King of Hearts
Lady in Black
Long before Kate and William, there was Victoria and Albert. The young British queen married her German cousin Albert in 1840, making him the Prince Consort. “He possesses every quality that can be desired to make me perfectly happy,” she wrote. The father of her nine children, Prince Albert was also among Victoria’s shrewdest and most trusted advisers. When he died suddenly of typhoid in 1861, the queen was devastated. She built Albert a grand mausoleum and kept one of the rooms in Windsor Palace as his shrine, complete with changes of clothes for him and fresh water for his basin. She traveled with a giant portrait of him and kept a smaller likeness by her bed, so she could wake to the sight of his face. As a widow, Victoria, famed for her longevity, wore black every day until her death in 1901.
A Marble Teardrop
At the end of his life, Shah Jahan was confined (by his own son) to a tower across the Yamuna. But his prison had a view of the beautiful tomb, which Indian poet Rabindranath Tagore would later describe as “a teardrop on the cheek of time.”
I Love Desi
Don't Exile My Husband, Argentina
“To Peron. . . I shall never finish paying my debt, not until I give my life in gratitude for the kindness he has always shown me,” she told the tearful audience. “Nothing that I have, nothing that I am, nothing that I think is mine; it is Peron’s.” She begged the people to be loyal to him in her absence.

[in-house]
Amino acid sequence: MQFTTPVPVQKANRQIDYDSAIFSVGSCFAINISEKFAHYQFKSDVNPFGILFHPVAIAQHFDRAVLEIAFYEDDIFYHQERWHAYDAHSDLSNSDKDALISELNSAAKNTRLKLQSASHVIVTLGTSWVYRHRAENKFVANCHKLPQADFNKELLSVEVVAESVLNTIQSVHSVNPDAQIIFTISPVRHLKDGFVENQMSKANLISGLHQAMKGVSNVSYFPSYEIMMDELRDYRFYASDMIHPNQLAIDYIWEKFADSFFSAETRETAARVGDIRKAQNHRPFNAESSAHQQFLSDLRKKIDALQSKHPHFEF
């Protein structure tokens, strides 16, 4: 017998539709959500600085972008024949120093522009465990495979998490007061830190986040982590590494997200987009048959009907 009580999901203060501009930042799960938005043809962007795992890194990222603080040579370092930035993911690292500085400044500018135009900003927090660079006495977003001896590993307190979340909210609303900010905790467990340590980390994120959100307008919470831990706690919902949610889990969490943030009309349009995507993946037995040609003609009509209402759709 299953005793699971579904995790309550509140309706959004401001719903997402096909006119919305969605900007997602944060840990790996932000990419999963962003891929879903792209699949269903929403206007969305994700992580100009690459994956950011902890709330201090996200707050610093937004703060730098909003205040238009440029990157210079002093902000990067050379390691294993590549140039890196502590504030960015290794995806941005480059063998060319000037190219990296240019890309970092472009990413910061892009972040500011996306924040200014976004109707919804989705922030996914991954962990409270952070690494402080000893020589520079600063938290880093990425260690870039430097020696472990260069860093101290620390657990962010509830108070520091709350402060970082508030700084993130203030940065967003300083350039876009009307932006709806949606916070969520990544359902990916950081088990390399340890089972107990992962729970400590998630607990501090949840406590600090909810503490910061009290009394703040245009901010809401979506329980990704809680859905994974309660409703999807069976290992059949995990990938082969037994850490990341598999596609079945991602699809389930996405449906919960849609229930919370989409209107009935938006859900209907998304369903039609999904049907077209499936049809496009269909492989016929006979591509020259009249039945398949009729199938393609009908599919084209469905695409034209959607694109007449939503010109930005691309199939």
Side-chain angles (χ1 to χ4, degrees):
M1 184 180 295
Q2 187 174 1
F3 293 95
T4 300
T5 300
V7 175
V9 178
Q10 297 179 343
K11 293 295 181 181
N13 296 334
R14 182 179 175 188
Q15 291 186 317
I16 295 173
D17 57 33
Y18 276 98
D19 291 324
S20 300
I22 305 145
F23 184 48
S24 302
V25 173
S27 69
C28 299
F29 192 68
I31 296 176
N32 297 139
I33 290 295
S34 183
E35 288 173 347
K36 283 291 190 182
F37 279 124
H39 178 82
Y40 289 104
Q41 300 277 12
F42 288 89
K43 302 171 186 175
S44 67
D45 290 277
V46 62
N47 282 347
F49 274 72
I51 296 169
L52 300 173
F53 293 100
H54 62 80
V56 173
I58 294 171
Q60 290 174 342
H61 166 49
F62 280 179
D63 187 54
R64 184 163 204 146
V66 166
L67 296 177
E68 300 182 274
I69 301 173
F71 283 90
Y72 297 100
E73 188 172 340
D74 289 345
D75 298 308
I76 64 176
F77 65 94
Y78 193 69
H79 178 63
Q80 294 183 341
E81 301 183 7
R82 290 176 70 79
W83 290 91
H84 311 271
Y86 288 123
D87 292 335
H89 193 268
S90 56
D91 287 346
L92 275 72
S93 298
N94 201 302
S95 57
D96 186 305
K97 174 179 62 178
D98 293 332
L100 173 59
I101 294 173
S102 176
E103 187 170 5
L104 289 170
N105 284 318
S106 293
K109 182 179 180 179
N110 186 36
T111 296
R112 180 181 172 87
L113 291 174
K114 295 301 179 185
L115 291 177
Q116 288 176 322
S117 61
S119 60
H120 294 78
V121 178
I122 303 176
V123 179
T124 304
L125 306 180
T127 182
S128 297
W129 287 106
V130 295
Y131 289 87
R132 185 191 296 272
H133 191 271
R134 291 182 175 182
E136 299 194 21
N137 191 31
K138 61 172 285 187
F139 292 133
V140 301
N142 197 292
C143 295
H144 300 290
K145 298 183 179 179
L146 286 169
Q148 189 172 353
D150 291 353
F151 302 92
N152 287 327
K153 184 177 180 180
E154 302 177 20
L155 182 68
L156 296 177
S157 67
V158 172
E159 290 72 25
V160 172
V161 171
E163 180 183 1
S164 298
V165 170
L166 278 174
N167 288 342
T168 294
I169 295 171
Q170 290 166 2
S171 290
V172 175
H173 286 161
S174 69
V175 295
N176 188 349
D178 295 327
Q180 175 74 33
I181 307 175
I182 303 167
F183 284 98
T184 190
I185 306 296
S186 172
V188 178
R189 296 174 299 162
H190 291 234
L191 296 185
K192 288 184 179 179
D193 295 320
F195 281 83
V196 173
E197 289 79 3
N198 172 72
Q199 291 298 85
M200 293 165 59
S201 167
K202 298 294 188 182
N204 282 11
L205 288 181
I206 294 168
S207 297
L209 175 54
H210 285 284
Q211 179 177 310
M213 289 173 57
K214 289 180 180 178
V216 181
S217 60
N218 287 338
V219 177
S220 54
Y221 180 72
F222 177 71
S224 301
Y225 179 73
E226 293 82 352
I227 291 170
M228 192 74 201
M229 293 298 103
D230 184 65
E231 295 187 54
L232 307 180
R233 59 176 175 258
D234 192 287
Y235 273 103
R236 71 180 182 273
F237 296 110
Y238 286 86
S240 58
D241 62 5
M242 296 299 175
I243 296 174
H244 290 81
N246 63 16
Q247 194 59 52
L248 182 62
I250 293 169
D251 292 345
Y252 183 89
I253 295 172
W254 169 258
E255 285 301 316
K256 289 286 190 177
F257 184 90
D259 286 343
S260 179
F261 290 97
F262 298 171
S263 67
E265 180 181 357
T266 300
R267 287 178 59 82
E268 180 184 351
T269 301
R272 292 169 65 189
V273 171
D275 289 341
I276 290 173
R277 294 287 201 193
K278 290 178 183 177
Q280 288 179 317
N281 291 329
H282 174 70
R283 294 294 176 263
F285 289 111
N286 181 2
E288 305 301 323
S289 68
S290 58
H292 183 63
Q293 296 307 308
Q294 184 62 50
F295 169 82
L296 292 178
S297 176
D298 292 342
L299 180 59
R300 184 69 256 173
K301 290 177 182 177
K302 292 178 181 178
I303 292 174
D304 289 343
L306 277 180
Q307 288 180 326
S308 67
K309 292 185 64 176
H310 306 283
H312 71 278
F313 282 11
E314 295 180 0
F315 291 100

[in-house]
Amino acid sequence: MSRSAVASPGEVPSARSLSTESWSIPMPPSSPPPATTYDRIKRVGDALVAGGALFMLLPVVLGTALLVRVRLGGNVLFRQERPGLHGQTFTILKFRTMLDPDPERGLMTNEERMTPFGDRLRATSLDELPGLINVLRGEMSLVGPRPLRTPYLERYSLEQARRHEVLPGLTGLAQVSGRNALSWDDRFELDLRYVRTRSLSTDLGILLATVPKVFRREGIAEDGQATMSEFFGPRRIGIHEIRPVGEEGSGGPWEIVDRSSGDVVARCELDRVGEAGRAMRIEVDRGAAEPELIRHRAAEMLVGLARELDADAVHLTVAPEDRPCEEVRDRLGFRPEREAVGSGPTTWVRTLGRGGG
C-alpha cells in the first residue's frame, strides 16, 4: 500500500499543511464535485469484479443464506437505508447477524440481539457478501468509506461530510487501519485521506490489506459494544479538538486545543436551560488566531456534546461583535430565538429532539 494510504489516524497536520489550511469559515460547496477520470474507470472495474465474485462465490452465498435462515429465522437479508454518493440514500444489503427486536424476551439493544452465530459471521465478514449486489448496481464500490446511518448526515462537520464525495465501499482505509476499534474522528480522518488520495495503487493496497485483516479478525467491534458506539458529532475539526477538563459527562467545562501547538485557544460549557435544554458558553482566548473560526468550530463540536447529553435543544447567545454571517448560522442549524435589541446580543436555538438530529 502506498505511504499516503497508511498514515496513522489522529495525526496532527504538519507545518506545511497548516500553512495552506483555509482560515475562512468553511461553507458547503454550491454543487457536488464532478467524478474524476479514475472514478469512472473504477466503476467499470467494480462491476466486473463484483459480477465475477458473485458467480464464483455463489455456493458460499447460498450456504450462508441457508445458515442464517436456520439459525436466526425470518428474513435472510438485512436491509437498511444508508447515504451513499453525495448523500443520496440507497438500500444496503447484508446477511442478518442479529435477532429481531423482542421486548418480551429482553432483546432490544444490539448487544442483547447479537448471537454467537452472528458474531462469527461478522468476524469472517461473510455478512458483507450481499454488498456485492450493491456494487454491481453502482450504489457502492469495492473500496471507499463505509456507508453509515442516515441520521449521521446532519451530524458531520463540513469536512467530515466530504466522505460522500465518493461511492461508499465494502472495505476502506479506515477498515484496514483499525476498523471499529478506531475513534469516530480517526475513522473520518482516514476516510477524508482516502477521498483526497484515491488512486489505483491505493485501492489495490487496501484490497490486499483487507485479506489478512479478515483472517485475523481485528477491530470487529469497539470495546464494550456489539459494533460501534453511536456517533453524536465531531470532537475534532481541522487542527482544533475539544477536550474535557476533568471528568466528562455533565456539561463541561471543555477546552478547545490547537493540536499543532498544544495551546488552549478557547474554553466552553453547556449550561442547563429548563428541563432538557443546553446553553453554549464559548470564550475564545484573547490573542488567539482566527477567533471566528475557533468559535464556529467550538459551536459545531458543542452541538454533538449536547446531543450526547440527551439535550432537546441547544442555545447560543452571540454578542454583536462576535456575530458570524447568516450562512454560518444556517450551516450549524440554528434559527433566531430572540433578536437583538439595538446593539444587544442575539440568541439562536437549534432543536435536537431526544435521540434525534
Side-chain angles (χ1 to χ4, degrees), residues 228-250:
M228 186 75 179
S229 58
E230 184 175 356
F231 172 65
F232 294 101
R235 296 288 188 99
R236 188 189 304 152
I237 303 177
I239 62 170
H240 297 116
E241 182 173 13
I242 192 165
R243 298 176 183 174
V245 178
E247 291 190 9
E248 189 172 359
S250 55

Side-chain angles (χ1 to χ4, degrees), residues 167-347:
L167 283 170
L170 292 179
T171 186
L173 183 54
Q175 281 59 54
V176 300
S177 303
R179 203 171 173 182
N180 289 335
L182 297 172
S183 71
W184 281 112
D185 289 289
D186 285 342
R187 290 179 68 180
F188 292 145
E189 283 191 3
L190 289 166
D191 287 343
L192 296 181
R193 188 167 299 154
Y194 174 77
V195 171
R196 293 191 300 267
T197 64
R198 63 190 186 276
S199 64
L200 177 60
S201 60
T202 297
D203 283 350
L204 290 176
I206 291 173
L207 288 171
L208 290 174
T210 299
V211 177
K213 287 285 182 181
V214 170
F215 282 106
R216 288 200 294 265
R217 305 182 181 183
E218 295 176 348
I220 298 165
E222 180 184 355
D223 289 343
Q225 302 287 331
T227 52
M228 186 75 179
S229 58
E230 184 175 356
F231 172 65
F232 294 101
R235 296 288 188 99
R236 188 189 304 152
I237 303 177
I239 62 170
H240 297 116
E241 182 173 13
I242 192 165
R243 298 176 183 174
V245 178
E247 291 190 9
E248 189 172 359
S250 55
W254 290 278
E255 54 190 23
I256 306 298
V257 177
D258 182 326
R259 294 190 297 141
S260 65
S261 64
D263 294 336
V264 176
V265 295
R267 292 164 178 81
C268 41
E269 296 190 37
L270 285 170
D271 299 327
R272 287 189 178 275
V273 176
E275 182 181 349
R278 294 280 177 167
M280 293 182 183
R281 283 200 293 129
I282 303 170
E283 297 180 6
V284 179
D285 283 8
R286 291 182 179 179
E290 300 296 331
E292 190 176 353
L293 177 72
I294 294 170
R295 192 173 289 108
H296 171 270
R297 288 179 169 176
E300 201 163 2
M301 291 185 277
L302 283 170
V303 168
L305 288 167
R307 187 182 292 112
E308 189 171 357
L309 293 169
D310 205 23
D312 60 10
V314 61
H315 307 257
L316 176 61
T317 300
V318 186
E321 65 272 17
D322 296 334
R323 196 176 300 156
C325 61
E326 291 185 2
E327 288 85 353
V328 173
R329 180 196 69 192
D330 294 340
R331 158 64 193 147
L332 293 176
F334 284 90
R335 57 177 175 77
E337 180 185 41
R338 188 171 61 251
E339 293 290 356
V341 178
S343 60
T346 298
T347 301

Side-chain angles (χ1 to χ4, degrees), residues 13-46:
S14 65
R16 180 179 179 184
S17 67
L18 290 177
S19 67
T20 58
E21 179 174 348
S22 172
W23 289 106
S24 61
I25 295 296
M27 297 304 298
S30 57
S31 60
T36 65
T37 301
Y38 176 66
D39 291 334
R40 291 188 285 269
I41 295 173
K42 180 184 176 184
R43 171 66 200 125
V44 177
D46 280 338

On the operating table a few weeks later, she even shouted “Viva Peron!” before succumbing to anesthesia, one newspaper reported. But his presidency couldn’t survive without her: she died in 1952, and “her General” was later ousted.
Disposing of Drudgery
When Roses Just Won't Do
Though a number of ancient sources describe the gardens, modern academics aren’t completely sure they really existed. Other scholars, perhaps romantics at heart, haven’t given up hope.
Wake up, Mrs. Wagner
On Christmas morning in 1870, composer Richard Wagner secretly assembled 17 musicians on the stairs leading to the bedroom of his wife, Cosima. As she slept, they started to play (with Wagner conducting) a piece he had written just for her, inspired in part by the birth of their son, Siegfried, and incorporating details of their domestic life.
The composition (today known as “Siegfried’s Idyll”) was never meant for outside ears, but a few years later cash-strapped Wagner had no choice but to sell it. Cosima wrote in her diary that she wept.
A Romantic (State) Dinner
But when McKinley took office in 1897, he didn’t hide Ida from view. Instead, defying the protocol of the day, he insisted that his wife be seated beside him at state dinners, so he could help if a seizure struck, or cover her face with a hankerchief to ward off an impending attack.
And when President McKinley was fatally shot in 1901, his thoughts were of fragile Ida, whispering to his secretary: “My wife—be careful…how you tell her.”